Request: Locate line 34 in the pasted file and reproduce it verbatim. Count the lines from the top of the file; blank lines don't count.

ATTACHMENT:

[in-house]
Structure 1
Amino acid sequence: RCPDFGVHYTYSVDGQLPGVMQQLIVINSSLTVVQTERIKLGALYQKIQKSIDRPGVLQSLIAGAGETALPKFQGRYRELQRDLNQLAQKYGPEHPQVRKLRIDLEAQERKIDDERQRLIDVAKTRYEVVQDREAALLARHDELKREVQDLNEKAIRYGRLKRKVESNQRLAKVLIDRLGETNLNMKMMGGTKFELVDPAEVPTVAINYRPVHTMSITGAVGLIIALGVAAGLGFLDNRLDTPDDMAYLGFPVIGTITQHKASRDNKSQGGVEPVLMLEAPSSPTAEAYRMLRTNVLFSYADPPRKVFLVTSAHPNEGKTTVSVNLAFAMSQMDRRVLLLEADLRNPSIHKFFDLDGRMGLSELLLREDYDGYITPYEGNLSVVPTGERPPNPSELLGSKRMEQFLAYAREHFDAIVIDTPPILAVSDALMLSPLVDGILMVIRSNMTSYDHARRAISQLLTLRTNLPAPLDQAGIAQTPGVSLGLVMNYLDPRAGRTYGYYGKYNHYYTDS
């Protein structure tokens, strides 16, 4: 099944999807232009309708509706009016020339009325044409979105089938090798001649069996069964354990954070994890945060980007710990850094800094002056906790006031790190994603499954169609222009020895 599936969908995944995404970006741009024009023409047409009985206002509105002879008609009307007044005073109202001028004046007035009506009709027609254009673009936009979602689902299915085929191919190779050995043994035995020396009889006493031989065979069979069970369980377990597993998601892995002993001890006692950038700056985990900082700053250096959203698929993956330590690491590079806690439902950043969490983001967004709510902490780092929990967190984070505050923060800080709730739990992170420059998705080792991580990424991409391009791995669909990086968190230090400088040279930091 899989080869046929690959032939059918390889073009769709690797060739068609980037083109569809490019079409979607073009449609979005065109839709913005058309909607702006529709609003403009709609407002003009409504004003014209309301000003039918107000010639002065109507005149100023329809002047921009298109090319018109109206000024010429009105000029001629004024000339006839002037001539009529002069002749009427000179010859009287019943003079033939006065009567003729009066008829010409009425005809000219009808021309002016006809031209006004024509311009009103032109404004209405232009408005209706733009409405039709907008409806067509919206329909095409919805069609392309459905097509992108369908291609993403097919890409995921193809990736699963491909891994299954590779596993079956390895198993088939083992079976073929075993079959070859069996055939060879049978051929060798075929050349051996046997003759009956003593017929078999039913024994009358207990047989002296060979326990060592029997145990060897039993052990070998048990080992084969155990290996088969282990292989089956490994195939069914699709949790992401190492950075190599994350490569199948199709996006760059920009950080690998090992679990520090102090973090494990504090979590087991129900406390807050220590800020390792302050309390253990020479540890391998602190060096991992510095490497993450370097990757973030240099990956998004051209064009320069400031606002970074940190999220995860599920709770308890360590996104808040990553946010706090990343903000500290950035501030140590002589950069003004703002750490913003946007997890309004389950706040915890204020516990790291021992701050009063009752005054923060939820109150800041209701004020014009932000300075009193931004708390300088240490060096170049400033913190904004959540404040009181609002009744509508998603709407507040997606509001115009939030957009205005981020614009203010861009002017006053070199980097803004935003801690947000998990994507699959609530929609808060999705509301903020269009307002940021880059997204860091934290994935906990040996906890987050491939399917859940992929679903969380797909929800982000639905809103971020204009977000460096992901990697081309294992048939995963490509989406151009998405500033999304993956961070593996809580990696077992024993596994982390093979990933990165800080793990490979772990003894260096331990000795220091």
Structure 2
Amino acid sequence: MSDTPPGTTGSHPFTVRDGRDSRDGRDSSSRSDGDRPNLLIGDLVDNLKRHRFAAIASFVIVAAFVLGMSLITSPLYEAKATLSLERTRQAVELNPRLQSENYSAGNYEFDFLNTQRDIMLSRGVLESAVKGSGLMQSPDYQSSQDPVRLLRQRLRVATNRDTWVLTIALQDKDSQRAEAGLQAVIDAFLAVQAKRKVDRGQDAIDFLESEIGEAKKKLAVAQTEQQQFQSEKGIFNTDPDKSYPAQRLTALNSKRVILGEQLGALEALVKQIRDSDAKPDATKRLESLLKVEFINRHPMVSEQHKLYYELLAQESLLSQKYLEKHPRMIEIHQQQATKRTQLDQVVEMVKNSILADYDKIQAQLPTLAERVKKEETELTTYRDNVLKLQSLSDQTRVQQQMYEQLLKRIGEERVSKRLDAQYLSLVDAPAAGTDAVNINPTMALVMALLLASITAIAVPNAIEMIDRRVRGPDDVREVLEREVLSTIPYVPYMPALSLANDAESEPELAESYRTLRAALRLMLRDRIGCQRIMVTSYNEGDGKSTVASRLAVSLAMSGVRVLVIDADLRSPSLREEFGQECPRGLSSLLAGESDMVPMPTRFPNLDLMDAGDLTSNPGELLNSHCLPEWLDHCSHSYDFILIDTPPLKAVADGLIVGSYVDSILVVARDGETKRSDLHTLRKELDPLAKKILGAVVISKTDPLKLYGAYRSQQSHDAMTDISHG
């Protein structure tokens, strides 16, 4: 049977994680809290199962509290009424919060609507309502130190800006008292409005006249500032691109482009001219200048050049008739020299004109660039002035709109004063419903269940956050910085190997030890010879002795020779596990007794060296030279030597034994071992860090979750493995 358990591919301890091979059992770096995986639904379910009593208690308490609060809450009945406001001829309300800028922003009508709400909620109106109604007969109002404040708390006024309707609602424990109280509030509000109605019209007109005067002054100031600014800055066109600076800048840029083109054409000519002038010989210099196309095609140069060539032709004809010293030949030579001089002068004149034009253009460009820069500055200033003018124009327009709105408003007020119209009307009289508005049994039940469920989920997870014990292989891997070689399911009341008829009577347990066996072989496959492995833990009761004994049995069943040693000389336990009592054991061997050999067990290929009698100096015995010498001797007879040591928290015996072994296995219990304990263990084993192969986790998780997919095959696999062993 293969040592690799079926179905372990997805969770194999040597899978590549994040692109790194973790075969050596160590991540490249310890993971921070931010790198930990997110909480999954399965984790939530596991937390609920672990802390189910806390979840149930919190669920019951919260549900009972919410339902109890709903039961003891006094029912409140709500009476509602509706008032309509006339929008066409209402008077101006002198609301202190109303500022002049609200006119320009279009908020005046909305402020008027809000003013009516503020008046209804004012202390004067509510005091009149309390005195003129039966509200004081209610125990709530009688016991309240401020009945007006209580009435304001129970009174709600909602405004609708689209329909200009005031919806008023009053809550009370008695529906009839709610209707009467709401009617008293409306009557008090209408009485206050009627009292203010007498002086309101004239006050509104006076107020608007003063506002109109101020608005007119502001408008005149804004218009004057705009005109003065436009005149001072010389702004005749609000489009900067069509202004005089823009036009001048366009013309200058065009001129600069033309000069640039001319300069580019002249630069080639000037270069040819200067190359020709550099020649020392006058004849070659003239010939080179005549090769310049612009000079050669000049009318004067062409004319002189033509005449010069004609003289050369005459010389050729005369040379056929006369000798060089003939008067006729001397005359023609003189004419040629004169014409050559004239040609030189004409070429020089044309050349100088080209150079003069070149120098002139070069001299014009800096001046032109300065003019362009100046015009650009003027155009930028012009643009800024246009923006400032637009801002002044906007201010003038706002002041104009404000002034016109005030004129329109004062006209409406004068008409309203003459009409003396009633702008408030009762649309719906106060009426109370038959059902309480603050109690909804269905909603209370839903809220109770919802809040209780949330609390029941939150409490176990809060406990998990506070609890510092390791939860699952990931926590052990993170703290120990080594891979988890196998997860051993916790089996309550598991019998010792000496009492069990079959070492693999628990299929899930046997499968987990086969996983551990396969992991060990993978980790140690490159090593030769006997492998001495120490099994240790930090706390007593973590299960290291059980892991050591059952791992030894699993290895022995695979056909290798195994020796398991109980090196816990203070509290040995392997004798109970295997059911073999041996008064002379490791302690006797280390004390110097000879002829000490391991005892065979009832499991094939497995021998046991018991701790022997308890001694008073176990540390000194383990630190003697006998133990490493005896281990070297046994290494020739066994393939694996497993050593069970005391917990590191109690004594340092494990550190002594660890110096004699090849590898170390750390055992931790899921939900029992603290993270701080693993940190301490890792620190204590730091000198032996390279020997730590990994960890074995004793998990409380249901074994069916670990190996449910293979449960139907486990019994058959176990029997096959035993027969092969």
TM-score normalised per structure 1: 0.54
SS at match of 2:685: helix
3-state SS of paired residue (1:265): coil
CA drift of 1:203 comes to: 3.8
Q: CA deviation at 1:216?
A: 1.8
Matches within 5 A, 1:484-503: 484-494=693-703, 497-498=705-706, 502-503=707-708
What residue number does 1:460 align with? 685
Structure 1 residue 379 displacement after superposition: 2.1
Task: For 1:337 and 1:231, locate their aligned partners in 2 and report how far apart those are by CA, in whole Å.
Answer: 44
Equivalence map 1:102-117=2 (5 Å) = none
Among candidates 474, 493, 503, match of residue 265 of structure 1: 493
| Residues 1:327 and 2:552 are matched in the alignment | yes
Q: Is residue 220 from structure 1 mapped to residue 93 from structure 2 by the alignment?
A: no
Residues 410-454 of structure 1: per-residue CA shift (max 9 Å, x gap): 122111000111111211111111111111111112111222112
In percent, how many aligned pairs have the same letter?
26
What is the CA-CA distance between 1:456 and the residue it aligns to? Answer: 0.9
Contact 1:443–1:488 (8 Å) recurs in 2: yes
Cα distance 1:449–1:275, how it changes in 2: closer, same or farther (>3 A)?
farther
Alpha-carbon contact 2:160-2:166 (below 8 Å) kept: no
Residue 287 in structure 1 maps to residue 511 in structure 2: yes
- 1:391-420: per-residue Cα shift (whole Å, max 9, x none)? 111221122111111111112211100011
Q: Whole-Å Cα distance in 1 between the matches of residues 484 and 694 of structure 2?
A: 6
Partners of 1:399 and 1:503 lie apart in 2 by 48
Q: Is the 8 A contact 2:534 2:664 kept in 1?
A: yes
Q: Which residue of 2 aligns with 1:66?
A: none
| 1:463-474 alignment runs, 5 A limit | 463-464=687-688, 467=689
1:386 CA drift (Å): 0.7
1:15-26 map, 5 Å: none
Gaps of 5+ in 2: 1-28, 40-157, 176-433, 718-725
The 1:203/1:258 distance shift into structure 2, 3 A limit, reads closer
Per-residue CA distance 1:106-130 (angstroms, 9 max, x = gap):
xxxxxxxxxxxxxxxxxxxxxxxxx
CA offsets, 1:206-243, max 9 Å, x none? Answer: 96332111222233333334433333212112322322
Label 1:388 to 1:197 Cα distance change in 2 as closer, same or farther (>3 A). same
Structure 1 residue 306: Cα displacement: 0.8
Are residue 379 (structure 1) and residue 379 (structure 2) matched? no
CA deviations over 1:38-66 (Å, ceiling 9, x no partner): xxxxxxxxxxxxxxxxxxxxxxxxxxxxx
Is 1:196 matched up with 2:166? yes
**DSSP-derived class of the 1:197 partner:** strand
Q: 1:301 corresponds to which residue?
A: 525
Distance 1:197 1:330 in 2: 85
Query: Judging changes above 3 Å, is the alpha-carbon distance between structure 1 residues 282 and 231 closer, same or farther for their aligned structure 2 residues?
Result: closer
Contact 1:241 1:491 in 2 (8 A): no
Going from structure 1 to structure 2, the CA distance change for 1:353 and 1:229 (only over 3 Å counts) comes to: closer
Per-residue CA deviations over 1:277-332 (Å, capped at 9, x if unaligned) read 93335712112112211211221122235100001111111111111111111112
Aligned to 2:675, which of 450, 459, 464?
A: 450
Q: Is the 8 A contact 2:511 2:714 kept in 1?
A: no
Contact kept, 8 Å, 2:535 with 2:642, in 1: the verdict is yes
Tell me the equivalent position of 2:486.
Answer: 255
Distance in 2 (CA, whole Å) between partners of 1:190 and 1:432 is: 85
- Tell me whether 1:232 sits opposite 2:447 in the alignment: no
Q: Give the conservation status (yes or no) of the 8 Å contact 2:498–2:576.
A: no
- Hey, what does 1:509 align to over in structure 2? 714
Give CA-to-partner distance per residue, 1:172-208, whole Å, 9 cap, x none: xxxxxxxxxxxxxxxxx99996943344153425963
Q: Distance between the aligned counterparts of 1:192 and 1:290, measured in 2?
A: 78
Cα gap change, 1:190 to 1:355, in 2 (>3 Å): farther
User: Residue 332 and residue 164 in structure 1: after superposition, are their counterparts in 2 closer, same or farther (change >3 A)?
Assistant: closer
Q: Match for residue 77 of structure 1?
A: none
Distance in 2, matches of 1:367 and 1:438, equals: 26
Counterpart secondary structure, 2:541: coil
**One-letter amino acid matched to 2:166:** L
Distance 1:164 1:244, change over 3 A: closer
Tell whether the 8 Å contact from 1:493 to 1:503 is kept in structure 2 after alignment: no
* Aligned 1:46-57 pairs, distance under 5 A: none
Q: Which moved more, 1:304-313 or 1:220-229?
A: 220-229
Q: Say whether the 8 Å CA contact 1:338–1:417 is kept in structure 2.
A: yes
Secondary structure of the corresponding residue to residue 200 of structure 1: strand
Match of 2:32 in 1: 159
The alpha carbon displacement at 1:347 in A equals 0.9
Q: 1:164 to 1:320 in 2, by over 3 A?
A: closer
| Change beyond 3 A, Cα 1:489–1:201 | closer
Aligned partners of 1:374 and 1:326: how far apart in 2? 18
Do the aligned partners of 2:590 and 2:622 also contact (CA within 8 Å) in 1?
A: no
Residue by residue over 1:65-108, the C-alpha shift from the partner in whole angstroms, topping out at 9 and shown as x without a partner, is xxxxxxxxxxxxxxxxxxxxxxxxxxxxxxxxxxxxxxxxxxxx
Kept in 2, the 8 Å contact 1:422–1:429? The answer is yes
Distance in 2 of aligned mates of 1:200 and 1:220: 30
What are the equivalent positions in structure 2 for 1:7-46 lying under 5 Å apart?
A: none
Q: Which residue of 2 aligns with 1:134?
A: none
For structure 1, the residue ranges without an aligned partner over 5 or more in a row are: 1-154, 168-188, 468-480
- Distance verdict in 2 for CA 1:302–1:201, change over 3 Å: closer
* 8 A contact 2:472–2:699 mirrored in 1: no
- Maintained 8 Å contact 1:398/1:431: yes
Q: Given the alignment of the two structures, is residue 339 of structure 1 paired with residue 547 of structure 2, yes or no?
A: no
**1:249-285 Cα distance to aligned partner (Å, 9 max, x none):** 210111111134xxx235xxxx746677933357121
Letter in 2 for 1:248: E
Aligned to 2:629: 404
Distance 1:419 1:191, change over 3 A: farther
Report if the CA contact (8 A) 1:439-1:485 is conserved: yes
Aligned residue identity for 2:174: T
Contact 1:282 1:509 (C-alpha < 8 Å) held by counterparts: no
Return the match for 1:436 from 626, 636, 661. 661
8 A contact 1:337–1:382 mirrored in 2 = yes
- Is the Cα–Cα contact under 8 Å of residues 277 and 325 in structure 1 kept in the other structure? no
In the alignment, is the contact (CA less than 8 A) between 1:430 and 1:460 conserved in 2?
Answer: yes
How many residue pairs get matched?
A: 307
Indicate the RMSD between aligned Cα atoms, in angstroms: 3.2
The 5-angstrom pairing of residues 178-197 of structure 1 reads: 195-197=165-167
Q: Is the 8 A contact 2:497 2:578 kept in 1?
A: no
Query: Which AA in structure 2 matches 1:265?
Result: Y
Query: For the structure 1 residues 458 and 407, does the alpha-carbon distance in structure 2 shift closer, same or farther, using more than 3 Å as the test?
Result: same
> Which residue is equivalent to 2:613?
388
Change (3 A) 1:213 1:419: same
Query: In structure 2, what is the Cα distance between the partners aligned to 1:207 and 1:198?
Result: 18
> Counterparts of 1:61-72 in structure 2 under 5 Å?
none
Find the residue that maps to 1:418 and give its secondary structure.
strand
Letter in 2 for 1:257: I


Q: Whole-Å Cα distance in 1 between the matches of residues 484 and 694 of structure 2?